There is a brilliant radiance about Cathy Parrill.
Upon meeting her last year at Opportunity Collaboration, a global conference focused on poverty-alleviation, I sensed her wisdom and sought her out to learn more about her journey in social change. I knew her development work was focused in Haiti, a country plagued by natural disasters, poverty, racial discord, and political instability throughout its history. I was curious, how she, a brilliant woman, a member of MENSA, with a basketful of graduate courses and a master’s degree in education, doctoral studies in choral conducting and MFA studies in Creative Writing, had come to dedicate her life to a nation she knew little of until she arrived there in early 1990. The anecdotes that Parrill shared with me about her life's work, now serve me as practical, thoughtful reminders within my own growing social enterprise. I find her insights concerning service especially important for my peers: young, motivated, Millennial change makers with ideas and energy.
From the first few words Parrill and I exchanged at the conference, I sensed her deep authenticity and dedication to her vocation. Her story of arriving in Haiti in 1990, began with the most glorious statement. "Haiti took hold of me when I arrived and has never let me go," she says. She went on to share her focus on education there as a means of liberation: "My initial work was training teachers, then expanded to teaching students as well when I lived in Haiti from 1996-98. Then I brought eight Haitians to the States and was in residence with them at University, where they pursued various degrees and I was awarded a doctoral fellowship."
It's clear that Parrill's passion for organic and purposeful learning has guided so much of her work. As a mentor to young social entrepreneurs, she inspires them to bring focus to the forefront of their work. A focus, she defines, as a tool for discovery and not the other way around. This presents an interesting opportunity for those first stepping into social change, to explore how they let themselves be found by a mission versus self-define it. "Focus is a point of convergence. That’s sort of who I am. It’s who I am, what I do, and how I do it. For me, I don’t so much find a focus, as I am found by it," she says. "I don’t necessarily set out to specifically seek what I will focus on. I go out and soak up the world in all the ways I can and, as I do, I find that if I’m fully receptive, some things invariably speak loudly to me. These things that speak to me are what I focus on. I’m relentless, I suppose you could say. Not saying that’s a good thing, just saying that how I am."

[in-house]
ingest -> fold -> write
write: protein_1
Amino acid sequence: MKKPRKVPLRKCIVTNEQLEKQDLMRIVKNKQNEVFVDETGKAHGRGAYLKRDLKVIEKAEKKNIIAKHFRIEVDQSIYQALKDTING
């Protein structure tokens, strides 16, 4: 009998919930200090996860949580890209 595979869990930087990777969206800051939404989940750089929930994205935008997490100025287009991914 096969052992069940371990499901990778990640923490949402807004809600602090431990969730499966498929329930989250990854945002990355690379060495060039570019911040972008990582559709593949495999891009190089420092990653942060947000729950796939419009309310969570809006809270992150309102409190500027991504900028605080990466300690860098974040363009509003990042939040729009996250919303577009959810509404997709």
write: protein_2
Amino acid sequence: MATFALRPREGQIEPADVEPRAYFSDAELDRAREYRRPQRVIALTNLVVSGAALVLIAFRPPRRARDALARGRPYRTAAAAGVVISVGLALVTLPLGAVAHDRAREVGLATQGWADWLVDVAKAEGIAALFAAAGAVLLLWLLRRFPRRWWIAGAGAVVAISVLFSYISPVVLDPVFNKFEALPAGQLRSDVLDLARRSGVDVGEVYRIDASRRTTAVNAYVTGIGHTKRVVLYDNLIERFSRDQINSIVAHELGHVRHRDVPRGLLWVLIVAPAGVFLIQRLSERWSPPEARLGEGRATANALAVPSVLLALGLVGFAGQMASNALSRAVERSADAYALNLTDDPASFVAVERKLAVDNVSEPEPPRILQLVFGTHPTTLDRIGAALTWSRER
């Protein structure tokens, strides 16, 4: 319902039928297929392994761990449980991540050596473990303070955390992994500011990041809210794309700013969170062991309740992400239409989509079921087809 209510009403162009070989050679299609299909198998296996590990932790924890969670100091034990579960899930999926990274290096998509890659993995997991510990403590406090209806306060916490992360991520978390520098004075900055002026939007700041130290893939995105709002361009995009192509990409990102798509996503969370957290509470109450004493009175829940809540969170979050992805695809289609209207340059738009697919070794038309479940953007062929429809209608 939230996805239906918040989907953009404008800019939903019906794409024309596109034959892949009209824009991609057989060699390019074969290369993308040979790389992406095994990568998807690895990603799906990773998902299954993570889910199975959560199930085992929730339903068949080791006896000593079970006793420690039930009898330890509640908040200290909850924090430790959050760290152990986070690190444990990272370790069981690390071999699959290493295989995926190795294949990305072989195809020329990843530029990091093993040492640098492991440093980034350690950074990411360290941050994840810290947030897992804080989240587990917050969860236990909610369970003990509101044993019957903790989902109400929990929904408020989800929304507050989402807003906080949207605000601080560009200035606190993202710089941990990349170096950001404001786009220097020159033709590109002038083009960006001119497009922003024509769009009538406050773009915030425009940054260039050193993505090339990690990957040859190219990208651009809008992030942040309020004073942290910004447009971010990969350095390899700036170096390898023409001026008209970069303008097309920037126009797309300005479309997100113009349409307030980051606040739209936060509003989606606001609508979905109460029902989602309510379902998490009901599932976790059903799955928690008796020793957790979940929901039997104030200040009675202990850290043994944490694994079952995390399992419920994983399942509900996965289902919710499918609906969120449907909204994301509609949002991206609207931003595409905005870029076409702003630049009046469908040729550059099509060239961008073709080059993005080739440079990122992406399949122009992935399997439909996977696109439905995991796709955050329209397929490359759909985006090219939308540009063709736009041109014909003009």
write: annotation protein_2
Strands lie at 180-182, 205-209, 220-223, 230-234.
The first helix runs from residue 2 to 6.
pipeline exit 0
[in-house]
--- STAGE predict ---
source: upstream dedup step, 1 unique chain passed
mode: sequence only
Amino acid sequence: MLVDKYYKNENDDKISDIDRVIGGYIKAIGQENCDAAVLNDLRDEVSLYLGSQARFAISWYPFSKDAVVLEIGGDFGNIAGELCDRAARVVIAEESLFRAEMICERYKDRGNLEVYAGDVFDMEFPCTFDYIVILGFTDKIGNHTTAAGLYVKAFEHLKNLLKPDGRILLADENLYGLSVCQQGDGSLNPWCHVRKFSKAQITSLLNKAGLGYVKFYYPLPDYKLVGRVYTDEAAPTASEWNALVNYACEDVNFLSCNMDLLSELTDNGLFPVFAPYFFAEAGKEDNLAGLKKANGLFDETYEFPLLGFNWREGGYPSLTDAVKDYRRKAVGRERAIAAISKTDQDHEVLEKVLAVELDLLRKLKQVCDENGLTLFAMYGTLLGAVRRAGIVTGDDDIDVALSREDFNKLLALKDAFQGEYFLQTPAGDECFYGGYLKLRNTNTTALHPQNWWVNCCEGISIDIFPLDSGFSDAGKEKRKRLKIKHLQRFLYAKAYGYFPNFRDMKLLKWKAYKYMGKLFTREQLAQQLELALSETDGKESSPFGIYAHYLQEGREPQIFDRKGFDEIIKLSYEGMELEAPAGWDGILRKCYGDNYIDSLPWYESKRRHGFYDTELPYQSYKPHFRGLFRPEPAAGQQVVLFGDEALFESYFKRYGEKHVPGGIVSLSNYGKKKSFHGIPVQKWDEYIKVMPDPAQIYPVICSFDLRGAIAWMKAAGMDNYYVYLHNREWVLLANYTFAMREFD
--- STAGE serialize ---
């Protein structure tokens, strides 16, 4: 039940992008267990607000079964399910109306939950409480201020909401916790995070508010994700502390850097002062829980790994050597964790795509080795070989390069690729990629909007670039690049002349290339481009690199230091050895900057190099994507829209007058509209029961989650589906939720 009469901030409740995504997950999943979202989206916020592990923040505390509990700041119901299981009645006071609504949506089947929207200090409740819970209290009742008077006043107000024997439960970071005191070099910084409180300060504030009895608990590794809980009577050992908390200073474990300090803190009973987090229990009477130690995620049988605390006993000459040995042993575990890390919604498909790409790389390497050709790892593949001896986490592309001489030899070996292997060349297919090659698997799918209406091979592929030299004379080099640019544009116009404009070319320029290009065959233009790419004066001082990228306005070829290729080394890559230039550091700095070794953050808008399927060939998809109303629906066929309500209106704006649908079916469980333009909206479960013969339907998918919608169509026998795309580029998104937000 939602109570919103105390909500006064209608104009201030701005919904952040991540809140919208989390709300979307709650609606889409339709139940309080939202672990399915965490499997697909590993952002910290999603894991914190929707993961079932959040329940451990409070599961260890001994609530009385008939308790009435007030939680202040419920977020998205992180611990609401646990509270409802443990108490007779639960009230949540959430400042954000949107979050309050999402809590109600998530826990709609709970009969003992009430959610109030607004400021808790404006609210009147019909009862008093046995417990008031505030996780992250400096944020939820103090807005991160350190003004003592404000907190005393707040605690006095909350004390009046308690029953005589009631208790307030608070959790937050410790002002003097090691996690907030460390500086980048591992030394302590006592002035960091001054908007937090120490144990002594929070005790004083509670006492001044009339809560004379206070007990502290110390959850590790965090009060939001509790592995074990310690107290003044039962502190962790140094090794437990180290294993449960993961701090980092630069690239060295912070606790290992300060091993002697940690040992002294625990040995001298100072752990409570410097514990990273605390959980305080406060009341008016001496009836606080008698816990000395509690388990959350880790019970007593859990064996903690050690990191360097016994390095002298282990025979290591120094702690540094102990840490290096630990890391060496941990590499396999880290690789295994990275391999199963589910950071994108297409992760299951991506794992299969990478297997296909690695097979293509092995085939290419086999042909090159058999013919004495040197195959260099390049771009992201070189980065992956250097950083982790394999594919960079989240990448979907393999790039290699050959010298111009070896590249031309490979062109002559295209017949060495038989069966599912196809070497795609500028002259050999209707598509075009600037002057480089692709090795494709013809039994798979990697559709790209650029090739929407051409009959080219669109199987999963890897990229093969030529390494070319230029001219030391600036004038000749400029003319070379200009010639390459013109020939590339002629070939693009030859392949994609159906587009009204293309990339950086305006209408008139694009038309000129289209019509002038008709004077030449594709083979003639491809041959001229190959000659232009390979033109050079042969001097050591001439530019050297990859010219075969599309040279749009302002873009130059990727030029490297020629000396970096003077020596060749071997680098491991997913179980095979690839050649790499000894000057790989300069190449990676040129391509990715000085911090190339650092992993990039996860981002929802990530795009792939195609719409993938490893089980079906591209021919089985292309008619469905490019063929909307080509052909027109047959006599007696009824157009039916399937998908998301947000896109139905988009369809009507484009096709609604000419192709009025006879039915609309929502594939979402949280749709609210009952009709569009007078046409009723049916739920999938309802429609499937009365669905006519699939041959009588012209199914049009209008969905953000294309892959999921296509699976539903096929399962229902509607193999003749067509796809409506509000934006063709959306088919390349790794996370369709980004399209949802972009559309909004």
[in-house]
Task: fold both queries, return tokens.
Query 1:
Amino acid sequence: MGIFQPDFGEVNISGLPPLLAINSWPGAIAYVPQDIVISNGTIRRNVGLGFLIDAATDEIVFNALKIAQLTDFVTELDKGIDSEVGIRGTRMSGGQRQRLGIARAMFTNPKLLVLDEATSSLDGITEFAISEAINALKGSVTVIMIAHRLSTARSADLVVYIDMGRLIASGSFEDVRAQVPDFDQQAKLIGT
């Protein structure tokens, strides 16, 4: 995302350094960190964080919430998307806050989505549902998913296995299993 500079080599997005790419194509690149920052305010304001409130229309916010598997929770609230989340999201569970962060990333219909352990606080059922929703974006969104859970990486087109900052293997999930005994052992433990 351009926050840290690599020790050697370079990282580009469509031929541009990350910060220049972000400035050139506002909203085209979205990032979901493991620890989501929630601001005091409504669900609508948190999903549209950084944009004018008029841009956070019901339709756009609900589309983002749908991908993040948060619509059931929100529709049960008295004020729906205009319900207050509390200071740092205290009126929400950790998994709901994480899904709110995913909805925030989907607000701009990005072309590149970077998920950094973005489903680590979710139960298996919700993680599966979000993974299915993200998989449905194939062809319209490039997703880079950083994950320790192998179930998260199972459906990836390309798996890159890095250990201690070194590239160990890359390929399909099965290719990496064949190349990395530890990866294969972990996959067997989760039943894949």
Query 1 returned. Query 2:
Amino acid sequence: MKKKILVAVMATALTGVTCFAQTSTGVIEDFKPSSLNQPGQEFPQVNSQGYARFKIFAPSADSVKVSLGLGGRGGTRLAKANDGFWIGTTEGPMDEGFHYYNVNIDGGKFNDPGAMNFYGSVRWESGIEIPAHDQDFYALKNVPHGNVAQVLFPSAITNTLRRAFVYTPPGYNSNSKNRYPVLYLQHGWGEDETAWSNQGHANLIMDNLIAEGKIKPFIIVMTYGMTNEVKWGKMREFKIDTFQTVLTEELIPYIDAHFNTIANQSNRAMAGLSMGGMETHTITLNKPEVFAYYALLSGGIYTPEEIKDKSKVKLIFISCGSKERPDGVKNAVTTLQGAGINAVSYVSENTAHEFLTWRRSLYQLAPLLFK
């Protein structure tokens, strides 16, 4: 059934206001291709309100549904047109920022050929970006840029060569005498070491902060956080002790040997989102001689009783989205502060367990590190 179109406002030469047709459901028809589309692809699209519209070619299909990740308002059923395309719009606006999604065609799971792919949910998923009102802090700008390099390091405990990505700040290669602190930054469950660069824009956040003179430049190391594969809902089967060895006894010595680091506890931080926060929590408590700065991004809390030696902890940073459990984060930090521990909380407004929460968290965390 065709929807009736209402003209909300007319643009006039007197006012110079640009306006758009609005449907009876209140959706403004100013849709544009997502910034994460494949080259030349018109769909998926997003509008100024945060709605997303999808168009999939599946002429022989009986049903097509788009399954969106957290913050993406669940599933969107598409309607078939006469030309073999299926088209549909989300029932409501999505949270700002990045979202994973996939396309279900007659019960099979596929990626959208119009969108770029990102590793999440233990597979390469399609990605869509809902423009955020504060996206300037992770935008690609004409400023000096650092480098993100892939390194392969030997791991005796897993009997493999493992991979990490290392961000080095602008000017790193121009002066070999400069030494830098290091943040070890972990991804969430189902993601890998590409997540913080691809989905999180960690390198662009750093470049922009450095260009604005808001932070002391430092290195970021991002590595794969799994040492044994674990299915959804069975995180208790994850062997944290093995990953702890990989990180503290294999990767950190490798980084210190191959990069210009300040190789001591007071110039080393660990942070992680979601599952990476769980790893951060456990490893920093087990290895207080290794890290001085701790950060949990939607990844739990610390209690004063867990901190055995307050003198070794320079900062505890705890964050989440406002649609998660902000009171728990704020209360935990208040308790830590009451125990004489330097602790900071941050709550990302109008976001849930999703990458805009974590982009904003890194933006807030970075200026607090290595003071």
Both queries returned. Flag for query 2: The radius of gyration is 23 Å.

Parrill's confidence and honesty are to be admired and, if one were to think of her boldness in the context of the recent Millennial Impact Report, it seems mentors such as she are critical to ensuring a fearlessness is inspired in the next generation of change-makers.
According to the 2017 findings of the Millennial Impact Report, Millennials are showing significantly increased interest in causes that impact minority, marginalized or disenfranchised groups or people, such as those Parrill has long collaborated within Haiti. This, in addition to Millennials keen interest in causes that promote equity, equality, and opportunity, indicates that the time is right to set best practices for how one can focus and create change at the grassroots, whether that happens via efforts in the for-profit sector or not-for-profit sector.
With experience in both sectors, Parrill shares two key insight for the socially-conscious next generation.
Be A Hub
"Be a hub. As people, places, ideas, needs, problems, challenges, and other experiences come into your life, be open to them. Try not to compartmentalize anything, but, rather, to allow it all to converge. It’s messy at first. It seems chaotic at times, and you may often feel as though you’ll never bring it all into focus in a meaningful way. For example, when I first started working in Haiti in 1990, it was during the time when nonprofits were beginning what would become an enormous flow into Haiti to build schools and clinics, and do short-term work trips. I soon began to realize that projects like most of them were starting weren’t successfully addressing a fundamental aspect: Relationships. Make healthy, authentic relationships your focus."
"I’m blessed to have a mind that pulls diverse threads together and sees how they connect, sometimes in unusual ways. I am intellectually curious about far more topics than I’ll ever be able to adequately explore in just one lifetime. I invite Millennials to love to learn and bring a lot of focus to situations or ideas as you seek to learn from them. But enduring focus—the kind that prompted me to start a nonprofit and gave me the drive not only to found it, but to launch it almost overnight, from a handful of cultural exchange programs to full-fledged disaster recovery and long-term development work—must also have a “heart” aspect. Care about equality. Deeply. Believe from the bottom of your heart that each voice has a right to be heard. Everything you do in your work should be driven by, and measured by, that principle."